The guest professor in my large class of 200 journalism students at Michigan State University was just hitting his stride when suddenly every single student plunged to the ground as though looking for a dropped pencil. Stunned, the speaker continued his talk. About 15 minutes laterthe students leapt to their feet and applauded furiously! Shattered, he began to realize that something he was saying, some word, was igniting this explosive response from the students.
At the time I was on a flight to Denver and the speaker was doing me a favor taking over my class. As the plane was about to land I got a text message from him (yes, I had my phone illegally turned on) that simply said, "You're dead!"
He was right to blame me ... and Twitter.
Now, I wouldn't advise doing this to just any old professor. This was a good friend of mine and I knew he would appreciate a Gude joke. The day before class I had tweeted my students a couple of times encouraging them to commit these outrageous acts whenever my friend spoke a certain word.
Now why would I do such a mean thing? Usually, when a class has a substitute teacher, students just ditch it. Or if they do come to class, they ignore the speaker and spend their time on Facebook. But this little joke caused them to not only attend class (who wouldn't want to miss the fun?) but also to listen intently to every single word the speaker said. Mission accomplished: class was packed and they did well on the quiz I gave later on the material.
"President Obama has a goal that 100 percent of students should be college or career ready, and in the next decade, most jobs will require at least some post-high school education. The opportunities for high school graduates are declining and generally offer lower earning potential. But are we educating students with the right kind of post-secondary education to meet the demands of the workforce of the future?"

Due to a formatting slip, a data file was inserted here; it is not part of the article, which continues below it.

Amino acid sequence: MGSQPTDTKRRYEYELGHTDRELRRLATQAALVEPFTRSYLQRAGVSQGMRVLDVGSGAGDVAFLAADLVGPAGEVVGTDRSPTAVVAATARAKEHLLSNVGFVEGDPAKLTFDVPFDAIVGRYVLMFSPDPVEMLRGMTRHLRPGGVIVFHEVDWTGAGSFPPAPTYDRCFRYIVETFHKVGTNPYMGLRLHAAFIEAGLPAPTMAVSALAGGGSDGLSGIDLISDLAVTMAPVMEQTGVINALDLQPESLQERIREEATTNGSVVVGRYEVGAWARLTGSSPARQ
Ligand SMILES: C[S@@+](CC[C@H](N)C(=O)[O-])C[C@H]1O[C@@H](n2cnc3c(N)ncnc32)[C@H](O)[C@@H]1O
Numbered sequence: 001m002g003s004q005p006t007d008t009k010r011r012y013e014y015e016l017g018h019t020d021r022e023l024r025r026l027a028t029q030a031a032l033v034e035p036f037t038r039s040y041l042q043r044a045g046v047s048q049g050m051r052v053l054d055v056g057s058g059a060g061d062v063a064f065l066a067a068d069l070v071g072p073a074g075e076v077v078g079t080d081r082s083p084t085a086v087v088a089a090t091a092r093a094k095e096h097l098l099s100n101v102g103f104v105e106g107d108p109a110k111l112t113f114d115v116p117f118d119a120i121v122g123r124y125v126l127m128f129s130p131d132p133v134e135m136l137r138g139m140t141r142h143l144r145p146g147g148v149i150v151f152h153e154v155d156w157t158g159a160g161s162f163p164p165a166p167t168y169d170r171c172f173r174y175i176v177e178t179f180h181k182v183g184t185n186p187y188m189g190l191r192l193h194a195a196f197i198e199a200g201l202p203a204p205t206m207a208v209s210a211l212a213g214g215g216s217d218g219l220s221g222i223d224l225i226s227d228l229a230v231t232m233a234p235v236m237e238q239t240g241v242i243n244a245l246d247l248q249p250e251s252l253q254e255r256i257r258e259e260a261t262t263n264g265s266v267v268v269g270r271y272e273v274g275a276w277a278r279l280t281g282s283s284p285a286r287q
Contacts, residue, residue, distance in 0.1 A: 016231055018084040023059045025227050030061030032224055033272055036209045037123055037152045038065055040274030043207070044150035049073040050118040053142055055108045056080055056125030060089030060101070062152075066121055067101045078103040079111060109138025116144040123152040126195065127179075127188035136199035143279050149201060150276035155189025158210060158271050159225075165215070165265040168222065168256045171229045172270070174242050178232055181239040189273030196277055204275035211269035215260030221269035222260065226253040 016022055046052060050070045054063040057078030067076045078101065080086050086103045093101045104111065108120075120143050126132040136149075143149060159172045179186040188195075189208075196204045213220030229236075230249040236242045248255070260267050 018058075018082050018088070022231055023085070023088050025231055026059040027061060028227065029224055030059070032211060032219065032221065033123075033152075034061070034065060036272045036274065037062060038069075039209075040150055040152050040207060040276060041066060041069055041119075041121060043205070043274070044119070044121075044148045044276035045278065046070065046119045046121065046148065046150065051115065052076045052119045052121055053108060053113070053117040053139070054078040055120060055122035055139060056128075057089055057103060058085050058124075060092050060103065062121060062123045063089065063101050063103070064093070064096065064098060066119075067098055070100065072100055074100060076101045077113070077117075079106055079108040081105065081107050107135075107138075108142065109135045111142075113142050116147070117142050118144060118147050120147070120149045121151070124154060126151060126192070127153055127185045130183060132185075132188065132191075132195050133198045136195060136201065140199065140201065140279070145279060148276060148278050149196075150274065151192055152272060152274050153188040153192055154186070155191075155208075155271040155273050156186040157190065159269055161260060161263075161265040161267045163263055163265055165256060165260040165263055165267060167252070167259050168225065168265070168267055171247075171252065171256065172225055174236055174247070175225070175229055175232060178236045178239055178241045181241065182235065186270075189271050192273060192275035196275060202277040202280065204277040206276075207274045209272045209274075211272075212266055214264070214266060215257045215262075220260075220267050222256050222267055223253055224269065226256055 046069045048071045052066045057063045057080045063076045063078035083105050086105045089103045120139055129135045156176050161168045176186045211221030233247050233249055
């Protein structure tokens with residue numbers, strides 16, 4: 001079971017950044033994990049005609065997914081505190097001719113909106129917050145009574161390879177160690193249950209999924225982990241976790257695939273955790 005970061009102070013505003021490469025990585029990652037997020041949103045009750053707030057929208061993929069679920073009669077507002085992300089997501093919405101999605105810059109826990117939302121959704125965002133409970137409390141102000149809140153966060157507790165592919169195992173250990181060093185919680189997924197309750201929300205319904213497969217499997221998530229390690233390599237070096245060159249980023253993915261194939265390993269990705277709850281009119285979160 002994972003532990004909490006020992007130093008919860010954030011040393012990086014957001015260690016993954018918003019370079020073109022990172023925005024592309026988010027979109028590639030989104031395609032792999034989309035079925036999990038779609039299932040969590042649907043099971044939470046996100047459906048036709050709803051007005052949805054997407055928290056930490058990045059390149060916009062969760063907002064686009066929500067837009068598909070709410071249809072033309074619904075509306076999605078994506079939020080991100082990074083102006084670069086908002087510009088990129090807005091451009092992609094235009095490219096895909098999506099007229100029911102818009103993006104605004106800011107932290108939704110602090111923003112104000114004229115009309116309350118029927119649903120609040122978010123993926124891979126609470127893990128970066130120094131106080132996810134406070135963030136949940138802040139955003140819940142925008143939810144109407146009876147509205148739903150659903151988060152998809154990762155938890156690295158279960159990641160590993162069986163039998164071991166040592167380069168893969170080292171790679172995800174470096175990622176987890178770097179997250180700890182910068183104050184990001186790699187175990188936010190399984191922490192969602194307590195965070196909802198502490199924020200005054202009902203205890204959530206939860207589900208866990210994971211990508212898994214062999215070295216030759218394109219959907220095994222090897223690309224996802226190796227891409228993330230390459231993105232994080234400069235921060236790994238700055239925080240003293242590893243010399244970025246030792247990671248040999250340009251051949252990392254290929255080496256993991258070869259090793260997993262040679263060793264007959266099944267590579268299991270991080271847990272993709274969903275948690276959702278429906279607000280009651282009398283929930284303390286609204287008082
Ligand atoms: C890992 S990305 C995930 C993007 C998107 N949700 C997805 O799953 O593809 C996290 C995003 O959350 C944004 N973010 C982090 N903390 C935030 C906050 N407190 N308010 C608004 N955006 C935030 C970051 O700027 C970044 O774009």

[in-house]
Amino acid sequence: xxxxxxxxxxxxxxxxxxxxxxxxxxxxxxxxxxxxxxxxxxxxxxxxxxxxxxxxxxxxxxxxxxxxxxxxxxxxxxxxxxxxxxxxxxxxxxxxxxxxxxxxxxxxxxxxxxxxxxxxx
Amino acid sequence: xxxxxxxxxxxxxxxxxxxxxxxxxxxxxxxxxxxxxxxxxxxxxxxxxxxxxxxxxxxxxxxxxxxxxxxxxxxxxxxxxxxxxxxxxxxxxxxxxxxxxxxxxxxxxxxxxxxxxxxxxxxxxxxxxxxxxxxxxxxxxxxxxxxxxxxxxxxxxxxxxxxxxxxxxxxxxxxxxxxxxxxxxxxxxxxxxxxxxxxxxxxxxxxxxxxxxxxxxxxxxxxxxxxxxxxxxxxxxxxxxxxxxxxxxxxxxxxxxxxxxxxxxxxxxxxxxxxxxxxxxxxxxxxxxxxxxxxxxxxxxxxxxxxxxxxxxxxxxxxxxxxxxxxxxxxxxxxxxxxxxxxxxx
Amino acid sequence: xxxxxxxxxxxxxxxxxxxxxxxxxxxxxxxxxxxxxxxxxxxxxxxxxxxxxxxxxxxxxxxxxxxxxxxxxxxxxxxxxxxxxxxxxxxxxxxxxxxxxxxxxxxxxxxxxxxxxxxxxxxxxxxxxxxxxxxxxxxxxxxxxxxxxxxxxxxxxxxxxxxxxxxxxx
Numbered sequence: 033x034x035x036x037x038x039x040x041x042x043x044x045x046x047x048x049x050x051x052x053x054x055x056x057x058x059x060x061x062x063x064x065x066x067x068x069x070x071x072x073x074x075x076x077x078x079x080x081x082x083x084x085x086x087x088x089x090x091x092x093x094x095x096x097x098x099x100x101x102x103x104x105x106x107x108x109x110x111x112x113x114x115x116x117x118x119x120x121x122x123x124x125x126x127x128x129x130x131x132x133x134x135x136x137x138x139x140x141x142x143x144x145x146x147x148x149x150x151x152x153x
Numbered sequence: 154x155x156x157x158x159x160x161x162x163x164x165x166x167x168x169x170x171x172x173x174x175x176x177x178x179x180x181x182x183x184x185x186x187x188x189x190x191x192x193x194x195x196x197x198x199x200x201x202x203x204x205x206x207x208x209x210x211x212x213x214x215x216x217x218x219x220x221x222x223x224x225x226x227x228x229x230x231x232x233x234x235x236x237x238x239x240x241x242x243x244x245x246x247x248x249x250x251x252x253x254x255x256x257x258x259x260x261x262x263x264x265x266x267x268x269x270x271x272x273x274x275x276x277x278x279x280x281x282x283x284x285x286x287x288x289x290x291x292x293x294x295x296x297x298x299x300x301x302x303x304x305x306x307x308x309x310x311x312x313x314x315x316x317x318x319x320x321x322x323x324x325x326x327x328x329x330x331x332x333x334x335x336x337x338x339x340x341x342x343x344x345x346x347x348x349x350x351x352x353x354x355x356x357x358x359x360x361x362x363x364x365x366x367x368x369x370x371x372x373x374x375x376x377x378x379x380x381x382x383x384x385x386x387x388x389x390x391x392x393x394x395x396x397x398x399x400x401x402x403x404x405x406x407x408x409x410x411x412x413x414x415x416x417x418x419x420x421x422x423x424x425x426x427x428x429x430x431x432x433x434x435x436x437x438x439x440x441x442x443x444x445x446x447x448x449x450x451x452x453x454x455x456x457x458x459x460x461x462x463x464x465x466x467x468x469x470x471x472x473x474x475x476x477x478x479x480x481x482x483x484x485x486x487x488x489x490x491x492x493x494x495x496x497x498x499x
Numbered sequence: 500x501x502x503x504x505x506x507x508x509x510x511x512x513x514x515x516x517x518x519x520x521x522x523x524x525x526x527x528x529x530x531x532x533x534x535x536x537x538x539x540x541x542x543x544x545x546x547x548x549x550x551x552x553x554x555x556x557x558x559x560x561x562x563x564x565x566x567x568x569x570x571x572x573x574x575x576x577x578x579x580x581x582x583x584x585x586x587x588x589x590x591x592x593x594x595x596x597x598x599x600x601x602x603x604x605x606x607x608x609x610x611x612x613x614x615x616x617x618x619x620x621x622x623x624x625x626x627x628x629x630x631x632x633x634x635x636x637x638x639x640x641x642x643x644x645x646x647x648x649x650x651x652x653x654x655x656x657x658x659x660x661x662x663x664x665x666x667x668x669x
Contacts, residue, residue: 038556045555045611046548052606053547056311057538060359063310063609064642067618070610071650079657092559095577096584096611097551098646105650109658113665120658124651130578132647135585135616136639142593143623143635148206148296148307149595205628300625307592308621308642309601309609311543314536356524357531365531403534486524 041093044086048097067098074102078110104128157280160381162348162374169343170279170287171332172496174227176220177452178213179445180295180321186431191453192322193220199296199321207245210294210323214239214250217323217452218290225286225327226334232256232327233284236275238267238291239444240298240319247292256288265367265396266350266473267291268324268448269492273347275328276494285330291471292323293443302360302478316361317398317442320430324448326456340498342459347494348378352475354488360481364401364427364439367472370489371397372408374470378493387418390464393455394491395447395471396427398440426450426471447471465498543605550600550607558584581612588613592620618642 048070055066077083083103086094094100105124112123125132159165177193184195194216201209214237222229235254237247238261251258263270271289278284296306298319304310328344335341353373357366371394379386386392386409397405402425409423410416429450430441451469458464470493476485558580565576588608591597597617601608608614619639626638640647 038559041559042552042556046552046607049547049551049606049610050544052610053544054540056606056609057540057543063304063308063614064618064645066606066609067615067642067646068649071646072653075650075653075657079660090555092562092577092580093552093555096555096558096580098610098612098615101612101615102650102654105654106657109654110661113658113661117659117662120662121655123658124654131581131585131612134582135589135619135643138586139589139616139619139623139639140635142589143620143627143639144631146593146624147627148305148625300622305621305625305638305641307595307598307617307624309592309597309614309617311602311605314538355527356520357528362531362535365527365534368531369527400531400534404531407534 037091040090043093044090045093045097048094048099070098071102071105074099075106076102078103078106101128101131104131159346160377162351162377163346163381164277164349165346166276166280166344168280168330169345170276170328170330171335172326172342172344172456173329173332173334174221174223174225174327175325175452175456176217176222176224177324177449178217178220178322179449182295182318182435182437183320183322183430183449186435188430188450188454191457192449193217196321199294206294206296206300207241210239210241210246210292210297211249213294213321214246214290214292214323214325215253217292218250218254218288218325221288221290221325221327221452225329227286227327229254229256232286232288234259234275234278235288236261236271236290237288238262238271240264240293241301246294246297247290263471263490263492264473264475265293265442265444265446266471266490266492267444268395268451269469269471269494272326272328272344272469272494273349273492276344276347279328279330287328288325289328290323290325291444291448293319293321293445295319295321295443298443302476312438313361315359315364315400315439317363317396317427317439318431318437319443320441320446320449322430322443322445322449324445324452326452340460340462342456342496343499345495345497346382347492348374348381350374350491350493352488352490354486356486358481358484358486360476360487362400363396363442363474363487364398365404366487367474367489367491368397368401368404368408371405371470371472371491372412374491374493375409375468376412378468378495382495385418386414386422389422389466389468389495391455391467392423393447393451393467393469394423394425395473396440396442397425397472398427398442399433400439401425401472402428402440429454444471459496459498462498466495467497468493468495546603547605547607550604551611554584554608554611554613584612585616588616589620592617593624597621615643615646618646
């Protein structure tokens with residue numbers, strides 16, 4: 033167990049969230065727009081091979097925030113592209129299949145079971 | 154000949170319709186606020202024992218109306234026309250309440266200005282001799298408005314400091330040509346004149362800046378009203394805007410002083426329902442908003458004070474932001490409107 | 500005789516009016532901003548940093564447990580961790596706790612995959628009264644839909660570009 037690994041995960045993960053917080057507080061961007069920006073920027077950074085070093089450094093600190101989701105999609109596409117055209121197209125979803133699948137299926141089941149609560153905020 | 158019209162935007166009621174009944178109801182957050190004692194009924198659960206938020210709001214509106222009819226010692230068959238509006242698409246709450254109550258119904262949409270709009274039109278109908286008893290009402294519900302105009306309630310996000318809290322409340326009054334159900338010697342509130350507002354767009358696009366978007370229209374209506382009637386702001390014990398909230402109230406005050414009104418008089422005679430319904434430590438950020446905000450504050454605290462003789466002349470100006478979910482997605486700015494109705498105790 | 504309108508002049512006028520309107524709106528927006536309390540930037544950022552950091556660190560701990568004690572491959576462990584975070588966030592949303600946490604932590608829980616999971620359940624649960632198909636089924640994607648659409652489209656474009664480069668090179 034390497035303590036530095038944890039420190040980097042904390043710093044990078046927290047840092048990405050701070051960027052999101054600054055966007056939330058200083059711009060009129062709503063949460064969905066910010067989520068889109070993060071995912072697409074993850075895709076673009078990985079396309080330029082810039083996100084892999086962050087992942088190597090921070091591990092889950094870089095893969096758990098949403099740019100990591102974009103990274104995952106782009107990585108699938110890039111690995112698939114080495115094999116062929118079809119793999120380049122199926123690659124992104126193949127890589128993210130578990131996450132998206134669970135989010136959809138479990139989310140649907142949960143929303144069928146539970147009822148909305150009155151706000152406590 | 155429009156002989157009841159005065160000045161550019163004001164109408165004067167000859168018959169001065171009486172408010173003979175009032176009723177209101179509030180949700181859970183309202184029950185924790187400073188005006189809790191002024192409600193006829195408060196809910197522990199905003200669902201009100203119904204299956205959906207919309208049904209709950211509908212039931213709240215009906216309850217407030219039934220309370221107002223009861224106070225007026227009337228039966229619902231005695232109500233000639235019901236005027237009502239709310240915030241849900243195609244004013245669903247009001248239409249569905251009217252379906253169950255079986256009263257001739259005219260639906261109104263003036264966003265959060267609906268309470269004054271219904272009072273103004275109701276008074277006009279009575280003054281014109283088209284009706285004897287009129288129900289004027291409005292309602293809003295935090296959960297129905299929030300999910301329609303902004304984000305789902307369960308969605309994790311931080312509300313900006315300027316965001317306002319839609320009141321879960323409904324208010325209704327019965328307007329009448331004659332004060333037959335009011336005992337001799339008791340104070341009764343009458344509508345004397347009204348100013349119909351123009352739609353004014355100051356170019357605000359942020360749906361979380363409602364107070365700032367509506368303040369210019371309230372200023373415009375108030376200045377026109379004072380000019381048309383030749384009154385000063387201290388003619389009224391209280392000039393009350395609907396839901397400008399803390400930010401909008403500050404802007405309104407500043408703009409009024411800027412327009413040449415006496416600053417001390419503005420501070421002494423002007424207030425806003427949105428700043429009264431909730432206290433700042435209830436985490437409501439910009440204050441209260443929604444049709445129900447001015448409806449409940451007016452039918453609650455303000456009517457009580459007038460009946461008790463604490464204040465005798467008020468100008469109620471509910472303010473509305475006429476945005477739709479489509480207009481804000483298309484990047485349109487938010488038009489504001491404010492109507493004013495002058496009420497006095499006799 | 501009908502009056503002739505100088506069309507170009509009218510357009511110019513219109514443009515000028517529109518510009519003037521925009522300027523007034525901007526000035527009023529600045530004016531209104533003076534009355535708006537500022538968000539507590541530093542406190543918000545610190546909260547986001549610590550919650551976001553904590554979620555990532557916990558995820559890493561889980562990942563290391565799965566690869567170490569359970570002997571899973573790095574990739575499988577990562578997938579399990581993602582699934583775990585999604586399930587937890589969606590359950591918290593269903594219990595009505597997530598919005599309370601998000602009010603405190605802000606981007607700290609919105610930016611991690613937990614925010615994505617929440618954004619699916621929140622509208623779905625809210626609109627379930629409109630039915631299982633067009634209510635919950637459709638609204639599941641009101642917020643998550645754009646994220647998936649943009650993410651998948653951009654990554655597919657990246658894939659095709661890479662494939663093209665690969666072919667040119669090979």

Lisa M. Dabbs M.Ed. (@teachingwthsoul on Twitter) is the facilitator of Edutopia's New Teacher Connections group. She is also the founder of the weekly #ntchat for new teachers on Twitter, and blogs about supporting new teachers at Teaching With Soul. Monday May 7 through Friday May 11, 2012 is National Teacher Appreciation Week; a time to pay tribute to teachers and, as shared by NEA, a time to "honor local educators and acknowledge the crucial role teachers play in making sure every student receives a quality education." We know and recognize that there are many teachers in our past who have given their hearts, minds and souls to nurture in us the things that they saw as vital to our education, critical to our success, and important for our future. In keeping with that theme, I want to take this time to celebrate and share with you The Magnificent 7 -- teachers from my past who inspired me, and gav…
Nate Cooper is an independent academic and co-organizer ofReboot Workshop, an un-conference for nontraditional workers.Skillshare is a platform for instructor-led, in-person classes. You can search for classes to take or propose to teach a class topic.As the name implies, Skillshare is a community of experts and entrepreneurs; therefore, the best teachers are some of the most intrepid students. And if you set your mind to it, teaching on Skillshare can actually help sustain your livelihood, without the traditional overhead of an institution. Here’s how.